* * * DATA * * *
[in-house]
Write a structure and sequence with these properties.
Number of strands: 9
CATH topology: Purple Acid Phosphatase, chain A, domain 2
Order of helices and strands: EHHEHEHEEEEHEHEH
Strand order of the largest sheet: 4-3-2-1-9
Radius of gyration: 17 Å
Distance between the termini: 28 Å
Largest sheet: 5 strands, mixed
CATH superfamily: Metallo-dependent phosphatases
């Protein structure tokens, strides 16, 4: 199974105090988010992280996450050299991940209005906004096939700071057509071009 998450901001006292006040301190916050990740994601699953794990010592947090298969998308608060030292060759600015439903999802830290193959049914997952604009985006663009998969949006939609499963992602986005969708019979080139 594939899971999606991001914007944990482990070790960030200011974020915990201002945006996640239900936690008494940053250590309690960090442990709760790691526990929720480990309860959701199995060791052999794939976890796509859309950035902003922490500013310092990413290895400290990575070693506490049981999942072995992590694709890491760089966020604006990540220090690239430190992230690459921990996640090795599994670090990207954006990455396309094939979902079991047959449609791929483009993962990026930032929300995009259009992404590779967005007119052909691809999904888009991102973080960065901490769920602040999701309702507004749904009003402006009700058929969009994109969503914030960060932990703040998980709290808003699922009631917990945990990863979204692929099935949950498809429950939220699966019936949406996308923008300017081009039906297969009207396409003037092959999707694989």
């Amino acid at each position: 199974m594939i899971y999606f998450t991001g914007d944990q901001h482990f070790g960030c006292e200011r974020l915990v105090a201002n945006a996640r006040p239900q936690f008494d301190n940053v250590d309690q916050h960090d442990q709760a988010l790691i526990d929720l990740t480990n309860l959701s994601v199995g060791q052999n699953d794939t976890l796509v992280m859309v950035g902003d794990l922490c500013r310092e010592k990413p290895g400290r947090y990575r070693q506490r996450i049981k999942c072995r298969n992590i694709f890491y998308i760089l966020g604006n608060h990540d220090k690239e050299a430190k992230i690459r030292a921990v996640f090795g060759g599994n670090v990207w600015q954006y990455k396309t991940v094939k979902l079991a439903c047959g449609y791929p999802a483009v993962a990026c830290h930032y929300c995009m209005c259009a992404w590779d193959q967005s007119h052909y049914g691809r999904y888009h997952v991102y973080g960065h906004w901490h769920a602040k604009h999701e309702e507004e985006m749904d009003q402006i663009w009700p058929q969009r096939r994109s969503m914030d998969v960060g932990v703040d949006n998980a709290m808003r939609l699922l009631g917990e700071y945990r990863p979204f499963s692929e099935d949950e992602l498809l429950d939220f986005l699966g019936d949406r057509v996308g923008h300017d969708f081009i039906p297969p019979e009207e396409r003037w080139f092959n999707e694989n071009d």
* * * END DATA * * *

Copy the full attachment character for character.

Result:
[in-house]
Write a structure and sequence with these properties.
Number of strands: 9
CATH topology: Purple Acid Phosphatase, chain A, domain 2
Order of helices and strands: EHHEHEHEEEEHEHEH
Strand order of the largest sheet: 4-3-2-1-9
Radius of gyration: 17 Å
Distance between the termini: 28 Å
Largest sheet: 5 strands, mixed
CATH superfamily: Metallo-dependent phosphatases
């Protein structure tokens, strides 16, 4: 199974105090988010992280996450050299991940209005906004096939700071057509071009 998450901001006292006040301190916050990740994601699953794990010592947090298969998308608060030292060759600015439903999802830290193959049914997952604009985006663009998969949006939609499963992602986005969708019979080139 594939899971999606991001914007944990482990070790960030200011974020915990201002945006996640239900936690008494940053250590309690960090442990709760790691526990929720480990309860959701199995060791052999794939976890796509859309950035902003922490500013310092990413290895400290990575070693506490049981999942072995992590694709890491760089966020604006990540220090690239430190992230690459921990996640090795599994670090990207954006990455396309094939979902079991047959449609791929483009993962990026930032929300995009259009992404590779967005007119052909691809999904888009991102973080960065901490769920602040999701309702507004749904009003402006009700058929969009994109969503914030960060932990703040998980709290808003699922009631917990945990990863979204692929099935949950498809429950939220699966019936949406996308923008300017081009039906297969009207396409003037092959999707694989």
């Amino acid at each position: 199974m594939i899971y999606f998450t991001g914007d944990q901001h482990f070790g960030c006292e200011r974020l915990v105090a201002n945006a996640r006040p239900q936690f008494d301190n940053v250590d309690q916050h960090d442990q709760a988010l790691i526990d929720l990740t480990n309860l959701s994601v199995g060791q052999n699953d794939t976890l796509v992280m859309v950035g902003d794990l922490c500013r310092e010592k990413p290895g400290r947090y990575r070693q506490r996450i049981k999942c072995r298969n992590i694709f890491y998308i760089l966020g604006n608060h990540d220090k690239e050299a430190k992230i690459r030292a921990v996640f090795g060759g599994n670090v990207w600015q954006y990455k396309t991940v094939k979902l079991a439903c047959g449609y791929p999802a483009v993962a990026c830290h930032y929300c995009m209005c259009a992404w590779d193959q967005s007119h052909y049914g691809r999904y888009h997952v991102y973080g960065h906004w901490h769920a602040k604009h999701e309702e507004e985006m749904d009003q402006i663009w009700p058929q969009r096939r994109s969503m914030d998969v960060g932990v703040d949006n998980a709290m808003r939609l699922l009631g917990e700071y945990r990863p979204f499963s692929e099935d949950e992602l498809l429950d939220f986005l699966g019936d949406r057509v996308g923008h300017d969708f081009i039906p297969p019979e009207e396409r003037w080139f092959n999707e694989n071009d």